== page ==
Trends & Topics from the 2012 Dealmakers Summit

I spoke at the 2012 DeSilva+Phillips Dealmakers Summit last week. It was a quick presentation at about 10 minutes, but that’s all it takes (less, actually) for anyone to see why Smartling matters for website translation and localization. I spent the rest of the day watching and listening to some great keynotes and company presentations, and two big themes stood out.

Social, Local, Mobile

The big themes of the day were social, local, and mobile (SoLoMo). No surprise there. Now, how companies were using these trends, that is surprising. Like Broadcastr, for example. Here’s a company re-imagining what it means to walk through your own neighborhood, or anyone else’s neighborhood.

Broadcastr hits the big three by turning your smartphone into an interactive map. The app delivers content to you based on your location, and it goes far beyond coupons to nearby restaurants. It delivers stories, travel guides (from partner Fodor’s), images and more.

Other presenters included Small Planet (top iPad developers), LocalResponse (a check-in based local ad platform with a 67% click-through rate), and Snooth (an online wine community).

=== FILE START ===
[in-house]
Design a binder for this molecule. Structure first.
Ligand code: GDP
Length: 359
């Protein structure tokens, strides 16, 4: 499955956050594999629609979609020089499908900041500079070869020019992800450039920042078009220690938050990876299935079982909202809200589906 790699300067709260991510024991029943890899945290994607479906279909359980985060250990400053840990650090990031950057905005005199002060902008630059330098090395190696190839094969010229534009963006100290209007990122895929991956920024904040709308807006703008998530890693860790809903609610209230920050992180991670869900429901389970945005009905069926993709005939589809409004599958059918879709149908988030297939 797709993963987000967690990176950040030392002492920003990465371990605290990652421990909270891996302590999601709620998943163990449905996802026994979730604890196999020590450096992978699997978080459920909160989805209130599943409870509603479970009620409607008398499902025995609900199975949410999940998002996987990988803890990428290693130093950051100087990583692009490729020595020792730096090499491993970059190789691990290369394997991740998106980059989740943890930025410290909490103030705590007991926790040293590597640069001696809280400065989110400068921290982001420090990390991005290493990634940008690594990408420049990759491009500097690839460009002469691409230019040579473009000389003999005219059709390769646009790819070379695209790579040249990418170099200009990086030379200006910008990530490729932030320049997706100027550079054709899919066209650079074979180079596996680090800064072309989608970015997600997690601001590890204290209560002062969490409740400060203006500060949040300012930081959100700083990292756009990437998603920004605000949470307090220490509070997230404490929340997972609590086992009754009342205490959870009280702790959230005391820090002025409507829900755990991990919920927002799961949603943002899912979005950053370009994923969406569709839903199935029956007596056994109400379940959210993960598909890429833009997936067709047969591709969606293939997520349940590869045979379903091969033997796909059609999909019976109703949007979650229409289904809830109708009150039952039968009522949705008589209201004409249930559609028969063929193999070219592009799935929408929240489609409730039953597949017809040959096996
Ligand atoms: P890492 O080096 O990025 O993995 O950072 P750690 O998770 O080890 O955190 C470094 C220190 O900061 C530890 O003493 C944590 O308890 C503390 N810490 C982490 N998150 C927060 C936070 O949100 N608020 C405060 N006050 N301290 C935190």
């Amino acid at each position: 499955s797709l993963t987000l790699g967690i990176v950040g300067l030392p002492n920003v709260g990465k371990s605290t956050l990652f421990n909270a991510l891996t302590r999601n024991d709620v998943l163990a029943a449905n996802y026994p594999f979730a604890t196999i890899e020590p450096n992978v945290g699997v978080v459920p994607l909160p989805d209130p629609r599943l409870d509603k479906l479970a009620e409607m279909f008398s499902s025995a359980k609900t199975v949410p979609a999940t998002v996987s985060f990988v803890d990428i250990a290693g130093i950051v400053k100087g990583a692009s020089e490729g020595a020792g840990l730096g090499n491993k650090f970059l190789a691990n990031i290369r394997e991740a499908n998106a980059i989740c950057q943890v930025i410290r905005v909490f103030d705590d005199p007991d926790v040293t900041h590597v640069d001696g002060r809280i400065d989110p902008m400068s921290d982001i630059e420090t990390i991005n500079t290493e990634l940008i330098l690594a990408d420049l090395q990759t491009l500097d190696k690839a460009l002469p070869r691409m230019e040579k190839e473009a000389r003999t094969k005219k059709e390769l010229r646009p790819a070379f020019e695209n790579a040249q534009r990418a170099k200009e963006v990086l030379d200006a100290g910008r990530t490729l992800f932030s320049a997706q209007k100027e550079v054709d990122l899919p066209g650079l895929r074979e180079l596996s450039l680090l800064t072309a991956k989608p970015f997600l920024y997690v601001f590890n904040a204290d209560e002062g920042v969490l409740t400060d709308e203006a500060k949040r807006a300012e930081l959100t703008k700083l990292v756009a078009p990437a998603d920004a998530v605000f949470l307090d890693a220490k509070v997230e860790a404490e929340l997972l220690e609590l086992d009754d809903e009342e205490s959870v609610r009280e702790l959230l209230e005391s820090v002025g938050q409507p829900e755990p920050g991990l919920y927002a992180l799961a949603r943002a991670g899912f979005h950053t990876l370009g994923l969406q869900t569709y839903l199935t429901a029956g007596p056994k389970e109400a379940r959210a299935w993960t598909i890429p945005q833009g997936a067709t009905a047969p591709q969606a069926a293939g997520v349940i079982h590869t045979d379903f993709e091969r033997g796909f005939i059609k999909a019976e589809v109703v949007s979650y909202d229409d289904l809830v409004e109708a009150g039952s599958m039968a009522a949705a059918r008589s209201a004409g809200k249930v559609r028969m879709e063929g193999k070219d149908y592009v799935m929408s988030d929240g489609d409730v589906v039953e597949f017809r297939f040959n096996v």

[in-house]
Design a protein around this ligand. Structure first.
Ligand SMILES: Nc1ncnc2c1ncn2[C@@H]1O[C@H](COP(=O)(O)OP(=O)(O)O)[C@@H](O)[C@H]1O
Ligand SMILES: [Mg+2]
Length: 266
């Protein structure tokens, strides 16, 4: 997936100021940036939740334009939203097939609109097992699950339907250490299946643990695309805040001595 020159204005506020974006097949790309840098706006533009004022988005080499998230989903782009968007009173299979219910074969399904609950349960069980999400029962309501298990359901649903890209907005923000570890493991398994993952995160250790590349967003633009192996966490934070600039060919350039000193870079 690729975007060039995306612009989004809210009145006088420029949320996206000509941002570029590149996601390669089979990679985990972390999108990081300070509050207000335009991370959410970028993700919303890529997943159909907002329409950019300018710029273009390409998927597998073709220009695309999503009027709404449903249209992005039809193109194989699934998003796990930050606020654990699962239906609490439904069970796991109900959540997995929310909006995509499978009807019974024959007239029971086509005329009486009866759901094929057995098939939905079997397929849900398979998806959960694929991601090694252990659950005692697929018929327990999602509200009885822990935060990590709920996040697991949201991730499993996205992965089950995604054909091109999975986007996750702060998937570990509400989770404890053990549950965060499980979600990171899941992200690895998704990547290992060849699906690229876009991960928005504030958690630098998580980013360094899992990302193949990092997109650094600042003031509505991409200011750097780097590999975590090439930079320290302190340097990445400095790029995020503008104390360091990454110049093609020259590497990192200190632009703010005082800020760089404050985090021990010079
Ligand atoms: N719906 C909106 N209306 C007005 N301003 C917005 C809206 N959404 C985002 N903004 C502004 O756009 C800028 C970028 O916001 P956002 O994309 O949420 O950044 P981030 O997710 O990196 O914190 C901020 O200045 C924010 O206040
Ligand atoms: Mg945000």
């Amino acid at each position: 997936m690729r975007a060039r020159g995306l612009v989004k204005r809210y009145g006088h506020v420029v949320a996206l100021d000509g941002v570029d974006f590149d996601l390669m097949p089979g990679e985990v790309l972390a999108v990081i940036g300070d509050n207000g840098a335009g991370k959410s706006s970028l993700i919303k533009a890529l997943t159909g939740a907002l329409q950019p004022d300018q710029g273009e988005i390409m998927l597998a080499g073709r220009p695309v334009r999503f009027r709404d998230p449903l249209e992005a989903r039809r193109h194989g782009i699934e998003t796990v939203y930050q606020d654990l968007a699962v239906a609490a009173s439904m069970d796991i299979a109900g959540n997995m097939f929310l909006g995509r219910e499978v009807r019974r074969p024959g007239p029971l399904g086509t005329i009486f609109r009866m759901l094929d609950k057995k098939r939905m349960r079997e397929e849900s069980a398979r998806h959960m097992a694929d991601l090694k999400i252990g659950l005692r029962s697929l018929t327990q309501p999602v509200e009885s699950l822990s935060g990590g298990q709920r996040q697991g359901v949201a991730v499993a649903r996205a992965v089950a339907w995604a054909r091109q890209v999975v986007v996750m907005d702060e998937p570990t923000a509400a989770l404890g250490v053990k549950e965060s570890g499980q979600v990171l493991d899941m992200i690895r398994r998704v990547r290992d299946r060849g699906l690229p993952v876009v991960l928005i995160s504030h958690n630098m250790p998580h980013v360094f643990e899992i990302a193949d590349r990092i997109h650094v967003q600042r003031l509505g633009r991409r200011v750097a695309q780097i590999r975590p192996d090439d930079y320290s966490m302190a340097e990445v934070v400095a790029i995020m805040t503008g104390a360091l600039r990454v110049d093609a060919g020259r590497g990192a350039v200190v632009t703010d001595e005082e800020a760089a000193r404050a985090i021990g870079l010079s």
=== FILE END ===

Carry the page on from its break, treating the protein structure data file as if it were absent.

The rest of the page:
A common theme to all of these presentations is allowing people to find the content they want, whether it’s a guide to the Empire State Building, an app for Disneyland, a coupon for the store they’re running errands in, or other people who love the same cabernet – it’s all about giving the people what they want. Smartling, of course, helps people find what they want in their native language. If you paired any of these companies with the Smartling translation platform, I think you’d see some amazing things happen.

Building A Valuable Company

The other notes I have are from the earliest presentation of the day, Dan McCarthy’s keynote about building a valuable company. He noted four requirements for building a valuable company:

  • large/strong market opportunity
  • platform-like solutions
  • downside protection from risk
  • viable growth strategy

I think we have our bases covered here at Smartling, especially in terms of participation in a strong market (translation & localization is a $30B+ industry) and a platform solution (hello, Smartling translation management platform).

We’re also disrupting an old and static market with an innovative new solution. The website translation and localization industry works off of a 25-year-old file-based workflow. (Let’s replace your laptop with a 25-year-old computer – I’m sure it will be efficient.) Smartling is disrupting the typical workflow of Excel documents, out-of-context translations, and emptying pockets to afford website localization. Yes, I’d say we’re building ourselves a valuable company, don’t you think?